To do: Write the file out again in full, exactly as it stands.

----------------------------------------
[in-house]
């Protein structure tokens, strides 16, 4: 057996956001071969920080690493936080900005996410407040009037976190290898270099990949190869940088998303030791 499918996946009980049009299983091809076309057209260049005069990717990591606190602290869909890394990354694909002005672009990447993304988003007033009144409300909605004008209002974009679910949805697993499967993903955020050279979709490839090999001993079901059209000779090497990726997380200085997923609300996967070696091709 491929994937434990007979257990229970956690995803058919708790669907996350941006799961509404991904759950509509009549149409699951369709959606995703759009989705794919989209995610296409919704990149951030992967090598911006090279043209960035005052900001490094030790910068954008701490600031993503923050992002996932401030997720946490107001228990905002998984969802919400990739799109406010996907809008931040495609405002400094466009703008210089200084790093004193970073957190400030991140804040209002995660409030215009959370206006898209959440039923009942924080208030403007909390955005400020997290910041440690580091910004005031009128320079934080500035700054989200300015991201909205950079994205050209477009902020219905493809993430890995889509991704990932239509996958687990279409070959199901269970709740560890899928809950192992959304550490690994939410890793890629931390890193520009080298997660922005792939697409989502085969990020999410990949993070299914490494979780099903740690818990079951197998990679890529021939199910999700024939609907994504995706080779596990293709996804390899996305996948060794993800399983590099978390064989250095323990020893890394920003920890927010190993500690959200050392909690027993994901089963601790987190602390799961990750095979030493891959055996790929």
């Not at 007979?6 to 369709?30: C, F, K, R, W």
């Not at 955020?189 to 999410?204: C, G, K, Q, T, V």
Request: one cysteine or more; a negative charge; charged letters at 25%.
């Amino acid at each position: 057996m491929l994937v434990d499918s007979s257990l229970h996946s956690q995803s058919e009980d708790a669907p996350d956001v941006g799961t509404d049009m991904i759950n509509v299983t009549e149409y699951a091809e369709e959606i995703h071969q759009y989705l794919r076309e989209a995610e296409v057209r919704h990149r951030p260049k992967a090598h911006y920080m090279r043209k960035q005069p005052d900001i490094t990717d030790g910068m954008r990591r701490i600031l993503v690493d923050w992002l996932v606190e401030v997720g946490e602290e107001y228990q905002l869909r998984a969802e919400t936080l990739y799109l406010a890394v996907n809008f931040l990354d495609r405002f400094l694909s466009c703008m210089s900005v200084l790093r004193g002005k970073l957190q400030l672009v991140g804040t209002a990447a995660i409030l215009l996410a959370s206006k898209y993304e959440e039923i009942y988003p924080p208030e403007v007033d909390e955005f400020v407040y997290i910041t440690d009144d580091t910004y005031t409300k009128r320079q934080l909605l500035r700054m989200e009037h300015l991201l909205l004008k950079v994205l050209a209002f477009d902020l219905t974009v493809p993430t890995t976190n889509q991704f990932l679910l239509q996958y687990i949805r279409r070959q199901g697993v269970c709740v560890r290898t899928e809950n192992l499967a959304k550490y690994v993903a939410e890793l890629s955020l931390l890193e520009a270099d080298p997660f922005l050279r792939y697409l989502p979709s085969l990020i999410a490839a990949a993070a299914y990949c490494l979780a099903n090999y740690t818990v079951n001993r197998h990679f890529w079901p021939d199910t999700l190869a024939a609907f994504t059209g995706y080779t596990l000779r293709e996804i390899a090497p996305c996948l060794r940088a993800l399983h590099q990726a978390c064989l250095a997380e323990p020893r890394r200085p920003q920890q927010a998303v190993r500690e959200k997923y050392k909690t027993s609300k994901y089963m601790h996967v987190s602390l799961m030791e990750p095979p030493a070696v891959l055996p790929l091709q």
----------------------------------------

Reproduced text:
[in-house]
């Protein structure tokens, strides 16, 4: 057996956001071969920080690493936080900005996410407040009037976190290898270099990949190869940088998303030791 499918996946009980049009299983091809076309057209260049005069990717990591606190602290869909890394990354694909002005672009990447993304988003007033009144409300909605004008209002974009679910949805697993499967993903955020050279979709490839090999001993079901059209000779090497990726997380200085997923609300996967070696091709 491929994937434990007979257990229970956690995803058919708790669907996350941006799961509404991904759950509509009549149409699951369709959606995703759009989705794919989209995610296409919704990149951030992967090598911006090279043209960035005052900001490094030790910068954008701490600031993503923050992002996932401030997720946490107001228990905002998984969802919400990739799109406010996907809008931040495609405002400094466009703008210089200084790093004193970073957190400030991140804040209002995660409030215009959370206006898209959440039923009942924080208030403007909390955005400020997290910041440690580091910004005031009128320079934080500035700054989200300015991201909205950079994205050209477009902020219905493809993430890995889509991704990932239509996958687990279409070959199901269970709740560890899928809950192992959304550490690994939410890793890629931390890193520009080298997660922005792939697409989502085969990020999410990949993070299914490494979780099903740690818990079951197998990679890529021939199910999700024939609907994504995706080779596990293709996804390899996305996948060794993800399983590099978390064989250095323990020893890394920003920890927010190993500690959200050392909690027993994901089963601790987190602390799961990750095979030493891959055996790929």
């Not at 007979?6 to 369709?30: C, F, K, R, W």
């Not at 955020?189 to 999410?204: C, G, K, Q, T, V």
Request: one cysteine or more; a negative charge; charged letters at 25%.
């Amino acid at each position: 057996m491929l994937v434990d499918s007979s257990l229970h996946s956690q995803s058919e009980d708790a669907p996350d956001v941006g799961t509404d049009m991904i759950n509509v299983t009549e149409y699951a091809e369709e959606i995703h071969q759009y989705l794919r076309e989209a995610e296409v057209r919704h990149r951030p260049k992967a090598h911006y920080m090279r043209k960035q005069p005052d900001i490094t990717d030790g910068m954008r990591r701490i600031l993503v690493d923050w992002l996932v606190e401030v997720g946490e602290e107001y228990q905002l869909r998984a969802e919400t936080l990739y799109l406010a890394v996907n809008f931040l990354d495609r405002f400094l694909s466009c703008m210089s900005v200084l790093r004193g002005k970073l957190q400030l672009v991140g804040t209002a990447a995660i409030l215009l996410a959370s206006k898209y993304e959440e039923i009942y988003p924080p208030e403007v007033d909390e955005f400020v407040y997290i910041t440690d009144d580091t910004y005031t409300k009128r320079q934080l909605l500035r700054m989200e009037h300015l991201l909205l004008k950079v994205l050209a209002f477009d902020l219905t974009v493809p993430t890995t976190n889509q991704f990932l679910l239509q996958y687990i949805r279409r070959q199901g697993v269970c709740v560890r290898t899928e809950n192992l499967a959304k550490y690994v993903a939410e890793l890629s955020l931390l890193e520009a270099d080298p997660f922005l050279r792939y697409l989502p979709s085969l990020i999410a490839a990949a993070a299914y990949c490494l979780a099903n090999y740690t818990v079951n001993r197998h990679f890529w079901p021939d199910t999700l190869a024939a609907f994504t059209g995706y080779t596990l000779r293709e996804i390899a090497p996305c996948l060794r940088a993800l399983h590099q990726a978390c064989l250095a997380e323990p020893r890394r200085p920003q920890q927010a998303v190993r500690e959200k997923y050392k909690t027993s609300k994901y089963m601790h996967v987190s602390l799961m030791e990750p095979p030493a070696v891959l055996p790929l091709q």